Evaluation of Access to Care Barriers and Their Effect on General Health Status Among Native Hawaiian and Pacific Islander Adults

This study utilized the 2014 Native Hawaiian and Pacific Islander National Health Interview Survey (NHPI NHIS) data to evaluate access to care barriers among NHPI population and their effect on general health status. Access to care barriers were categorized as financial barrier (affordability) and non-financial barriers (availability, accommodation, acceptability, and accessibility). Overall, 13.7% reported of the fair/poor general health and over 30% reported at least one access to care barrier. Logistic regression model was used to evaluate how financial and non-financial barriers affect general health status, adjusting for socio-demographic variables such as age, poverty threshold, and marital status and health-related variables such as smoking status and chronic health conditions. Those who reported financial barrier (21.2%) were more likely to be in fair/poor general health (odds ratio 2.25, 95%  confidence interval 1.43–3.56). Non-financial barrier, reported by 20.0% of the study population, was found to be not associated with general health status after adjusting for socio-demographic and health-related variables. Improving access to care among NHPI community could be achieved by ident ifying and addressing the barriers, which in turn could lead to improvement in the general health status among NHPI community.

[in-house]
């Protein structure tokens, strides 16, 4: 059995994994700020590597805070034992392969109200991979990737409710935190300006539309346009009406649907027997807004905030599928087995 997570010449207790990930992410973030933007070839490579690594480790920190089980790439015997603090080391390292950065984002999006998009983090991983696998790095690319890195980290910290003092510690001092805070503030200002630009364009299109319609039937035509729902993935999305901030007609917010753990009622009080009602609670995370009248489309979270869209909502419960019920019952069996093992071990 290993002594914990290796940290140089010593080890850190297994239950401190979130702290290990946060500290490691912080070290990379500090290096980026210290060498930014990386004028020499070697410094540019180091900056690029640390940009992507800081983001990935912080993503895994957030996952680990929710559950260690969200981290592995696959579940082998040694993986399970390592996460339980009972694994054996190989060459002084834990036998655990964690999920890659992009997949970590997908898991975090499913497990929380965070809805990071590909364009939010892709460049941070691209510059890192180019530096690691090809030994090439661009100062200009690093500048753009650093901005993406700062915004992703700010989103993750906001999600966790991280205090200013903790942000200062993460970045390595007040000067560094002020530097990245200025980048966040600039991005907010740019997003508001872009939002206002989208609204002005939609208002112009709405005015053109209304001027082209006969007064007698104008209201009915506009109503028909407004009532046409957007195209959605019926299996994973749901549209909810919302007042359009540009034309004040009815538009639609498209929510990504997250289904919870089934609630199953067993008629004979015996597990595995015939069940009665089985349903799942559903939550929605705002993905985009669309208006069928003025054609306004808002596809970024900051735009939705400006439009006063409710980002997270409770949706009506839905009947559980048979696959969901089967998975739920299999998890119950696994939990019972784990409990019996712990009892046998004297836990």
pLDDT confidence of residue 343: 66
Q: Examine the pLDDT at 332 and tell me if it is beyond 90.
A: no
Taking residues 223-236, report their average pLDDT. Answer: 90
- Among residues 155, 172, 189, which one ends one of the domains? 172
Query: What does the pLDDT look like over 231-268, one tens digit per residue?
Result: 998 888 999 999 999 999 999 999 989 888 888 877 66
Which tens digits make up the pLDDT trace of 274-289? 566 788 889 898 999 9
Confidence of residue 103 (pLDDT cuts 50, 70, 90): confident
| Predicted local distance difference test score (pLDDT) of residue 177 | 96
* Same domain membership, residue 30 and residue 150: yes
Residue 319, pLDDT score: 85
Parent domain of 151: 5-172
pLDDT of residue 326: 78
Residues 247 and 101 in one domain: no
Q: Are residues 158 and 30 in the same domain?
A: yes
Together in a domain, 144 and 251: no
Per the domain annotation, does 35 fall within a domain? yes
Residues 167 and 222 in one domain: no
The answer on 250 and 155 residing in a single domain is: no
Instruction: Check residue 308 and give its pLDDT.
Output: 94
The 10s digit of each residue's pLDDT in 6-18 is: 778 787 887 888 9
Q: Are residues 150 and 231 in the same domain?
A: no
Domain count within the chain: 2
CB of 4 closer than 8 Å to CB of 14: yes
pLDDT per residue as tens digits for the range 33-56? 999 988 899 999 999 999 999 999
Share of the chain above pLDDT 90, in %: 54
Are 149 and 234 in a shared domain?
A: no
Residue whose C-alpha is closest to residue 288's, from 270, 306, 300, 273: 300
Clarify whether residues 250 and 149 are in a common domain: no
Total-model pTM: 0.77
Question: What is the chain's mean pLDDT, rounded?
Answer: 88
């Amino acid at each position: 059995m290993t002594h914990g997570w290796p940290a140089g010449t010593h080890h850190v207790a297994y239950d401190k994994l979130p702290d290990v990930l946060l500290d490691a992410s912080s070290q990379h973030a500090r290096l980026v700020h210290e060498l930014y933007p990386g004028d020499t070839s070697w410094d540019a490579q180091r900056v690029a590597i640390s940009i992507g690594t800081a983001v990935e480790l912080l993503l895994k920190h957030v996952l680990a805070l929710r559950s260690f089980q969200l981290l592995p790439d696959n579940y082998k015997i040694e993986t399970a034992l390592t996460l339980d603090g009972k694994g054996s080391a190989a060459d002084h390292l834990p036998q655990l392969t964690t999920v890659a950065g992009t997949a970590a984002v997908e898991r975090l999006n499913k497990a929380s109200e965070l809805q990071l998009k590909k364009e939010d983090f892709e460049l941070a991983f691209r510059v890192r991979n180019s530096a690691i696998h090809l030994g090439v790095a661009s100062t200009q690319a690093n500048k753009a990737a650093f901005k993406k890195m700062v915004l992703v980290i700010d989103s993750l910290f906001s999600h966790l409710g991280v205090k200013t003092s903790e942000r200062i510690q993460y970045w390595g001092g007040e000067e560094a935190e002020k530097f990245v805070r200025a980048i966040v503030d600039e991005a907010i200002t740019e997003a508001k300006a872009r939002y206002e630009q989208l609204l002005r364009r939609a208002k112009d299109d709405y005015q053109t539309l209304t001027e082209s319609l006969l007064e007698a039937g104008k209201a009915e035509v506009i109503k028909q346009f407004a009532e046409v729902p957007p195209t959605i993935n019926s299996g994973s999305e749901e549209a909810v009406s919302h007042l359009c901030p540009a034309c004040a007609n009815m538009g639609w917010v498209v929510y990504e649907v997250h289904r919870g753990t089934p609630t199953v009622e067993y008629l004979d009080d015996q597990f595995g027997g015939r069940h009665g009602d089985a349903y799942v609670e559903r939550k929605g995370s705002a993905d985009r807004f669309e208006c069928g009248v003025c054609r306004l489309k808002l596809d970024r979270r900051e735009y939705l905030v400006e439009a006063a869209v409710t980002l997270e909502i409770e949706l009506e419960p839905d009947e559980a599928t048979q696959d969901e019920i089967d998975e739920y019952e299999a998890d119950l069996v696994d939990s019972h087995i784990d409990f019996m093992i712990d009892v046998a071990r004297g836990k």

Source: Journal of Racial and Ethnic Health Disparities - Category: International Medicine & Public Health Source Type: research